A new BiB study, published in the Lancet, finds that marriage between first cousins can more than double the risk of giving birth to a baby with a 'congenital anomaly'.
NCT’s Senior Policy Adviser, Elizabeth Duff said:
“While there is already current knowledge about the risks that may result in birth defects, the BiB study has provided some useful additional findings.
“Many of the risks investigated are not those that can be remedied by lifestyle changes but nevertheless, it is essential that expectant couples are well informed and have opportunities for discussion with a health professional about the possible risks to their baby.
“Governments recommend that women during pregnancy and breastfeeding should take both folic acid and vitamin D, along with following a healthy diet and taking exercise: all these help maintain wellbeing for the mother and her baby and are crucial for the first 1,000 days. Although smoking and alcohol are not associated with birth anomalies in this study, both can affect the health of the unborn baby. As such, pregnant women are urged by health professionals to reduce or eliminate smoking and drinking.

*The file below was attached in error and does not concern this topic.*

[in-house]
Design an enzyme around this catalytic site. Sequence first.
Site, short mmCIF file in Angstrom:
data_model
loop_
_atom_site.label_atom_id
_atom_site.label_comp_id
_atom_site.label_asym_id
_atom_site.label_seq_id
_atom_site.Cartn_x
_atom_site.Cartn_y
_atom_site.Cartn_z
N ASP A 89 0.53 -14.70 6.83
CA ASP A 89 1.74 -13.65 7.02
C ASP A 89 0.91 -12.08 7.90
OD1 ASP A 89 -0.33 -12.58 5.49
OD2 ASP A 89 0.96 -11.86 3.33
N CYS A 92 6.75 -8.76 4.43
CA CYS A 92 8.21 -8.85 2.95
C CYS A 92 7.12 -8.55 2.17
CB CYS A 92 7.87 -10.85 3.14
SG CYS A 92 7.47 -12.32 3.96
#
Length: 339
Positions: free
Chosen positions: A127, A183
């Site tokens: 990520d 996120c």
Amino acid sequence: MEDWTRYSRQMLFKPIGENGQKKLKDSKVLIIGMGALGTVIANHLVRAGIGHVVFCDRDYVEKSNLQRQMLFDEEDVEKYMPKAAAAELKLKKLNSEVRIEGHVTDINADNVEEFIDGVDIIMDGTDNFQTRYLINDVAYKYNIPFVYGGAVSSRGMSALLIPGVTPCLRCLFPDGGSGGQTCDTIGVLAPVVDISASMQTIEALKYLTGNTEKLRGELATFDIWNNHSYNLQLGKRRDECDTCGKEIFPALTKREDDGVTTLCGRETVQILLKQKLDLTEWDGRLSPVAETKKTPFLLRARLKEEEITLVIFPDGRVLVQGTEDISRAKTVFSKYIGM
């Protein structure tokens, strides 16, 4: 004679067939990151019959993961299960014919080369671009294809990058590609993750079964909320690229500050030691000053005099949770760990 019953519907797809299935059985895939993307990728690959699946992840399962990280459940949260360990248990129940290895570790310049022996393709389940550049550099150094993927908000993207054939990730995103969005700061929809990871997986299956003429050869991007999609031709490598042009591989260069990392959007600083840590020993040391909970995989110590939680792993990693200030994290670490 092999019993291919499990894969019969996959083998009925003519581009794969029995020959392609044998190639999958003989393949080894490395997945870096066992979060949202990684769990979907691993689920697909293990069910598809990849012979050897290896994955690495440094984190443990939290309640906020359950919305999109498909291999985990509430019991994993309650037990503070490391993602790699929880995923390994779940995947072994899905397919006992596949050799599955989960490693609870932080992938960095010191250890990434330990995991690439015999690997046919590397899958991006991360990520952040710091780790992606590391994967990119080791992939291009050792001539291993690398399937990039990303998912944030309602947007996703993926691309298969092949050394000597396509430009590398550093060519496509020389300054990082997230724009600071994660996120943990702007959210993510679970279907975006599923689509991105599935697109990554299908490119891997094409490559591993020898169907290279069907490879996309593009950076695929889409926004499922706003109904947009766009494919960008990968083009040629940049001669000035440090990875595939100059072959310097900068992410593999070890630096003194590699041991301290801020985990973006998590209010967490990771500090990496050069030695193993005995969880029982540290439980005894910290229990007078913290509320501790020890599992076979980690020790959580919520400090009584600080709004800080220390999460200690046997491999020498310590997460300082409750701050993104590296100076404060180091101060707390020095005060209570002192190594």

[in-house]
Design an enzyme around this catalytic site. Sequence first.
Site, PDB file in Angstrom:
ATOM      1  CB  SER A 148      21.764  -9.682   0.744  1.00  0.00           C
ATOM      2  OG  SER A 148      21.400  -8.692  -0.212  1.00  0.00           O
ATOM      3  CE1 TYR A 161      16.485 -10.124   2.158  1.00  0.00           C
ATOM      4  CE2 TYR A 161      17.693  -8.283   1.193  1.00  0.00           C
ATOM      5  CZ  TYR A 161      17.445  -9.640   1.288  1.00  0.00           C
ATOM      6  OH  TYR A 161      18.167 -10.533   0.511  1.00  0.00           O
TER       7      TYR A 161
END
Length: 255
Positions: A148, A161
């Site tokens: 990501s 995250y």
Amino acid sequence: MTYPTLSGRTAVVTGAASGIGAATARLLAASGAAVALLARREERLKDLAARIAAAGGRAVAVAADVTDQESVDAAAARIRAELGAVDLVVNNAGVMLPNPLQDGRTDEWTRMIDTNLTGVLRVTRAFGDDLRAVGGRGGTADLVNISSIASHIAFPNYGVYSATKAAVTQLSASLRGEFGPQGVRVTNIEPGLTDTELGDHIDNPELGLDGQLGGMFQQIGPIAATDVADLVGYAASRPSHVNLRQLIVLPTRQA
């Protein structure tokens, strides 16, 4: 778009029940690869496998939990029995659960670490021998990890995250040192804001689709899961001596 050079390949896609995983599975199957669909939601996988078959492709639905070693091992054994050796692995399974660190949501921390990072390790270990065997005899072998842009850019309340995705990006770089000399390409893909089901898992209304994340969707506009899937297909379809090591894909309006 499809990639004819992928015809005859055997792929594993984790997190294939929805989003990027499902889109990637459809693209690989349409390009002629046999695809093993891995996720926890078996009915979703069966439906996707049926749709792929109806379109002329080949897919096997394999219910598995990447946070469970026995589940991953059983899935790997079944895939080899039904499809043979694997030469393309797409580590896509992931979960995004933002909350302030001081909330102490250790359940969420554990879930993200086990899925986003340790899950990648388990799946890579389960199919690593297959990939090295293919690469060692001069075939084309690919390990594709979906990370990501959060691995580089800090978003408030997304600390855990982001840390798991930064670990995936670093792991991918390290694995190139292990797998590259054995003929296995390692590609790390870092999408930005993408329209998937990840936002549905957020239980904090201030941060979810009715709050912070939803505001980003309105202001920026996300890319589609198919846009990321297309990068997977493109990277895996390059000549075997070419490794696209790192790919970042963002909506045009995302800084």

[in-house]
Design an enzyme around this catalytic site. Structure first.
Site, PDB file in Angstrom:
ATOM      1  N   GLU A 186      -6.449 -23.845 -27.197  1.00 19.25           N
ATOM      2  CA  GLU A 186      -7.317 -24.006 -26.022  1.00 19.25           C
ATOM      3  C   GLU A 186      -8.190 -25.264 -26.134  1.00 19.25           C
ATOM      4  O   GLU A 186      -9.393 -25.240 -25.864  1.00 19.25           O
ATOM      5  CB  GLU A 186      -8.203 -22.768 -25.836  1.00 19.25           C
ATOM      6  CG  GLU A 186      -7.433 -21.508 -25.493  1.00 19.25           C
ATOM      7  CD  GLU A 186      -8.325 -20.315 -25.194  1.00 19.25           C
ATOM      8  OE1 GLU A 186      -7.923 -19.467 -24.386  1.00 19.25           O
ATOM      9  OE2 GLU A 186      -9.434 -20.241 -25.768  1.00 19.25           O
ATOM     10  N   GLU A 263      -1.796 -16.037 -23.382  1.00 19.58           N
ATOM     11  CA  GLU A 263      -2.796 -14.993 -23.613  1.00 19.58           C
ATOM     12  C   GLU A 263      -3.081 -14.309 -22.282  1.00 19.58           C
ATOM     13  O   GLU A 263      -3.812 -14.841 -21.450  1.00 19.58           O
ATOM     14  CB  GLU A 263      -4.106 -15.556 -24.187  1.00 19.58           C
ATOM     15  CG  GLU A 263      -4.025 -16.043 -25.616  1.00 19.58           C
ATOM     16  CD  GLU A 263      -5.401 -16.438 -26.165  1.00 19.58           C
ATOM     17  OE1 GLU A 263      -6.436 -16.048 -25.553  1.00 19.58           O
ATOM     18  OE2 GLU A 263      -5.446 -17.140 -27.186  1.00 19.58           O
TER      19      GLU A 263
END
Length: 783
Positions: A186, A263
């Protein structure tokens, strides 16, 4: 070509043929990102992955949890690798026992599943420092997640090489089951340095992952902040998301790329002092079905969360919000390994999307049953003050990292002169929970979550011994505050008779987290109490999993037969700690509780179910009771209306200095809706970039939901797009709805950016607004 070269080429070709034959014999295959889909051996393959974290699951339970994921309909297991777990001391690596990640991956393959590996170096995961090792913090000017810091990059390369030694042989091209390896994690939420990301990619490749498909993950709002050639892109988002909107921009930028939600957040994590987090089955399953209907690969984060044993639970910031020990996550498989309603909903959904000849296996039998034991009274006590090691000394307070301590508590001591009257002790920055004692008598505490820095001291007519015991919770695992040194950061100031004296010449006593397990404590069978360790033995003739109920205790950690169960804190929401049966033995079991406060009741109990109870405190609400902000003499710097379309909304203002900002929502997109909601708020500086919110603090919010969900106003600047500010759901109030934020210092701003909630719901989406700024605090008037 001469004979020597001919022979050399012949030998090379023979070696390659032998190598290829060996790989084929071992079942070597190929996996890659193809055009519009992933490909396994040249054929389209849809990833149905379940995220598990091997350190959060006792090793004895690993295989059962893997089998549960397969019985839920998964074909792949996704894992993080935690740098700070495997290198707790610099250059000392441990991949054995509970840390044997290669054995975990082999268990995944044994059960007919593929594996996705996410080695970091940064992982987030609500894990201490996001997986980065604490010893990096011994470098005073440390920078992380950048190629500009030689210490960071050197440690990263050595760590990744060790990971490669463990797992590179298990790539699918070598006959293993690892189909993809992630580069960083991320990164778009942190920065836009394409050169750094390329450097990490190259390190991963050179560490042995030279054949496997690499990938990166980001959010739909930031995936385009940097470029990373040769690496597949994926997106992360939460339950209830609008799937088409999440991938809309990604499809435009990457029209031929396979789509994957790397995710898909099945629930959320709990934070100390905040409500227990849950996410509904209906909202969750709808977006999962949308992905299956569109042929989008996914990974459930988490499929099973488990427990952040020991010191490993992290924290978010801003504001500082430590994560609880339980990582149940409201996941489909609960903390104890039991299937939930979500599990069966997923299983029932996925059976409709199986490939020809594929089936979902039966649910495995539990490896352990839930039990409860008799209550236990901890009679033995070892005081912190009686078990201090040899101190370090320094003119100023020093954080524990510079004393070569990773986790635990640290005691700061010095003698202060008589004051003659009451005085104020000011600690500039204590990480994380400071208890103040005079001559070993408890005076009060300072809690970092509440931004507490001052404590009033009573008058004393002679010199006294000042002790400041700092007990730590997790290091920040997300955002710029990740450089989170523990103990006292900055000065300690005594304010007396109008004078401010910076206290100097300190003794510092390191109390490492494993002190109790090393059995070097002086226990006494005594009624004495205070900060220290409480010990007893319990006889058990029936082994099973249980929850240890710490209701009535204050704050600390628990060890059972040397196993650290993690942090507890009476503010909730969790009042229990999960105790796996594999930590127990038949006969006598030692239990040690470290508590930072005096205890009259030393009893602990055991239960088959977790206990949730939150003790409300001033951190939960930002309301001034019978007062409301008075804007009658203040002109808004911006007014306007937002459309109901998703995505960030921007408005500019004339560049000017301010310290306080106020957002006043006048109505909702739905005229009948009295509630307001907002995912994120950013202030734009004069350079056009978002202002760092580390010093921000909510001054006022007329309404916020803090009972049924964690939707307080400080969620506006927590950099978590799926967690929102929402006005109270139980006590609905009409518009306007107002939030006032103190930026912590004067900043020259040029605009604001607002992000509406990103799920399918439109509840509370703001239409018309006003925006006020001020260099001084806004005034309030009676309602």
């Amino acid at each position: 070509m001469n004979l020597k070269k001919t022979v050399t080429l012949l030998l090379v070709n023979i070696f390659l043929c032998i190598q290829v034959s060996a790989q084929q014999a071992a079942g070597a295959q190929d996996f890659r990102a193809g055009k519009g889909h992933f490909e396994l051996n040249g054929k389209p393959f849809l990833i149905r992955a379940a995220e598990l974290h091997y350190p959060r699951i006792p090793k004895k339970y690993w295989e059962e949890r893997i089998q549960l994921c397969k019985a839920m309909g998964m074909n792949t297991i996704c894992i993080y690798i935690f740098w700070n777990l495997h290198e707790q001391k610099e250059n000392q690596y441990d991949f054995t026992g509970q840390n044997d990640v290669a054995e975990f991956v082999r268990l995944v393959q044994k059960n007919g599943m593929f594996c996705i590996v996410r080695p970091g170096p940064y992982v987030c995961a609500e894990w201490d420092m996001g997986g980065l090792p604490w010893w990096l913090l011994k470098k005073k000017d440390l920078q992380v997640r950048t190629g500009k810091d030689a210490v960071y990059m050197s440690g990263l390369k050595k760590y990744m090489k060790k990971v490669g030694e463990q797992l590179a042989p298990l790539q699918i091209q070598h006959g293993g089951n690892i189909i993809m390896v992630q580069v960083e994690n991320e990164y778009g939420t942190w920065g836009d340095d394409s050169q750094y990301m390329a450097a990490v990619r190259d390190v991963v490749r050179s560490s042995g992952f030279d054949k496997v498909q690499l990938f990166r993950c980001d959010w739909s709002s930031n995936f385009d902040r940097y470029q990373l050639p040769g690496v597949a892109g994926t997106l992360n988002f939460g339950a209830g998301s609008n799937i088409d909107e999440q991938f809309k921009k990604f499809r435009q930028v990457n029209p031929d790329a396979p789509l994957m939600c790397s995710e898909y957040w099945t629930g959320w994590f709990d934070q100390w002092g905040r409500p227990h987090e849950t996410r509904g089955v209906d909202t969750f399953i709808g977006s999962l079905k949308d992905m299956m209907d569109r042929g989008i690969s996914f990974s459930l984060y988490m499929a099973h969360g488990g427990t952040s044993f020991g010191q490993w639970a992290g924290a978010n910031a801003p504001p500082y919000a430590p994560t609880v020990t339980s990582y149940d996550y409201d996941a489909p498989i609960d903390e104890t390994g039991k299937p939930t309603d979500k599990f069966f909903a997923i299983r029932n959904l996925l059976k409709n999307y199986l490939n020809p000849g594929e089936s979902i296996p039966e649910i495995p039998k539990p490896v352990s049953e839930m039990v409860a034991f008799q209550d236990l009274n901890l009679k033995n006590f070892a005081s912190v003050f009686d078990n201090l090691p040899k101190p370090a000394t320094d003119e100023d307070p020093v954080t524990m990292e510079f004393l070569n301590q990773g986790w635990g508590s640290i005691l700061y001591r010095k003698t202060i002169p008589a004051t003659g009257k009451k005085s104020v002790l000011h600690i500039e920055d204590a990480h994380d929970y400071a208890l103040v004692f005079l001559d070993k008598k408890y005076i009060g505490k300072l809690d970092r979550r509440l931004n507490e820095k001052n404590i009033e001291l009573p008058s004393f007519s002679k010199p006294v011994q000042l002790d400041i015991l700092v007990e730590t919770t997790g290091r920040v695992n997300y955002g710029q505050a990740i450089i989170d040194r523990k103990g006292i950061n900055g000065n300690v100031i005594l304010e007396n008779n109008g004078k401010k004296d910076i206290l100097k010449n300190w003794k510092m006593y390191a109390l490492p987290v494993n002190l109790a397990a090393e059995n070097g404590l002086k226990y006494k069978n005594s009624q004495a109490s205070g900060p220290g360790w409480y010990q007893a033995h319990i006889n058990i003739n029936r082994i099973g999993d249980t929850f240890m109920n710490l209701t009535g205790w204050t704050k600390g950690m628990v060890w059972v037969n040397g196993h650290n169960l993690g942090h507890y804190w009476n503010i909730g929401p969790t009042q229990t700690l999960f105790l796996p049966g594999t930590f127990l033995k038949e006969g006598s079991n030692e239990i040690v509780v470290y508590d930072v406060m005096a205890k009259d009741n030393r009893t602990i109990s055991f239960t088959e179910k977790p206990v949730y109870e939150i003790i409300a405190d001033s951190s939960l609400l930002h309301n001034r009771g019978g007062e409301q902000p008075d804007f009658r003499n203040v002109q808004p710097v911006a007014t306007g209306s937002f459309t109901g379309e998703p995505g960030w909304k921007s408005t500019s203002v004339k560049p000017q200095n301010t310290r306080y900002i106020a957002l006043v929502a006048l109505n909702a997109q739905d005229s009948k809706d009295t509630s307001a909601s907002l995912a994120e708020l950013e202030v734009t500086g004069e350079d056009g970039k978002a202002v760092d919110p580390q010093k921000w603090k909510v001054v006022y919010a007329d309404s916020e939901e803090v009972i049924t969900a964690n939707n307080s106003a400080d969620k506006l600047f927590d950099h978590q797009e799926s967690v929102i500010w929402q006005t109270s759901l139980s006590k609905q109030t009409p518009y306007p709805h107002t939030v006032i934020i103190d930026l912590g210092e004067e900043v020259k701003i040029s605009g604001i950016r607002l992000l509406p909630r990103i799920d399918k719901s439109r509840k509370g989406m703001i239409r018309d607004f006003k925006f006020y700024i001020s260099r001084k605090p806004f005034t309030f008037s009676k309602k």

“We hope that families whose babies have been born with conditions that may result in long-term disability are provided with the right support and care.”